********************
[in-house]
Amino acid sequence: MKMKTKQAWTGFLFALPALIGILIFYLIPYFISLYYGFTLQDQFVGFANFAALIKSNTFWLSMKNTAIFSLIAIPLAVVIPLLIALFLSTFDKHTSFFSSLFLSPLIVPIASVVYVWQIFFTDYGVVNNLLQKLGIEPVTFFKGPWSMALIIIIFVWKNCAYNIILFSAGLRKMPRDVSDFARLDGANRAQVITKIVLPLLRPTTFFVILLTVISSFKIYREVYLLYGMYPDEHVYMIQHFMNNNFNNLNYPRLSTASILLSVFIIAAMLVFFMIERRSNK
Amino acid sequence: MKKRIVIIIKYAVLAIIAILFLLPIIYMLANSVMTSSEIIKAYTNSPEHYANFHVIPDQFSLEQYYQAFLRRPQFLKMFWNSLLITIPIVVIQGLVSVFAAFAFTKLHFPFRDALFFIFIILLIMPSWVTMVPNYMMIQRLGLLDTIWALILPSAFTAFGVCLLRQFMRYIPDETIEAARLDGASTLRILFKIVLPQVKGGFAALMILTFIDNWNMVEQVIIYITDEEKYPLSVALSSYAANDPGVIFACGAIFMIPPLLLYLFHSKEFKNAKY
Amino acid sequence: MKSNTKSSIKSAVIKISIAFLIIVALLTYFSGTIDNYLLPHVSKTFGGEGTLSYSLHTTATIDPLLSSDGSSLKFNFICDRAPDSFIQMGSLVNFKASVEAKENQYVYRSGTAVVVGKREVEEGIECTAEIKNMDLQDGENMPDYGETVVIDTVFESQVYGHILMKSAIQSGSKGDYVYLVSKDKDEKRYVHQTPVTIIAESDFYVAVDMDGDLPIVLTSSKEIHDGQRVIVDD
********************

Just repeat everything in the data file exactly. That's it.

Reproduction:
[in-house]
Amino acid sequence: MKMKTKQAWTGFLFALPALIGILIFYLIPYFISLYYGFTLQDQFVGFANFAALIKSNTFWLSMKNTAIFSLIAIPLAVVIPLLIALFLSTFDKHTSFFSSLFLSPLIVPIASVVYVWQIFFTDYGVVNNLLQKLGIEPVTFFKGPWSMALIIIIFVWKNCAYNIILFSAGLRKMPRDVSDFARLDGANRAQVITKIVLPLLRPTTFFVILLTVISSFKIYREVYLLYGMYPDEHVYMIQHFMNNNFNNLNYPRLSTASILLSVFIIAAMLVFFMIERRSNK
Amino acid sequence: MKKRIVIIIKYAVLAIIAILFLLPIIYMLANSVMTSSEIIKAYTNSPEHYANFHVIPDQFSLEQYYQAFLRRPQFLKMFWNSLLITIPIVVIQGLVSVFAAFAFTKLHFPFRDALFFIFIILLIMPSWVTMVPNYMMIQRLGLLDTIWALILPSAFTAFGVCLLRQFMRYIPDETIEAARLDGASTLRILFKIVLPQVKGGFAALMILTFIDNWNMVEQVIIYITDEEKYPLSVALSSYAANDPGVIFACGAIFMIPPLLLYLFHSKEFKNAKY
Amino acid sequence: MKSNTKSSIKSAVIKISIAFLIIVALLTYFSGTIDNYLLPHVSKTFGGEGTLSYSLHTTATIDPLLSSDGSSLKFNFICDRAPDSFIQMGSLVNFKASVEAKENQYVYRSGTAVVVGKREVEEGIECTAEIKNMDLQDGENMPDYGETVVIDTVFESQVYGHILMKSAIQSGSKGDYVYLVSKDKDEKRYVHQTPVTIIAESDFYVAVDMDGDLPIVLTSSKEIHDGQRVIVDD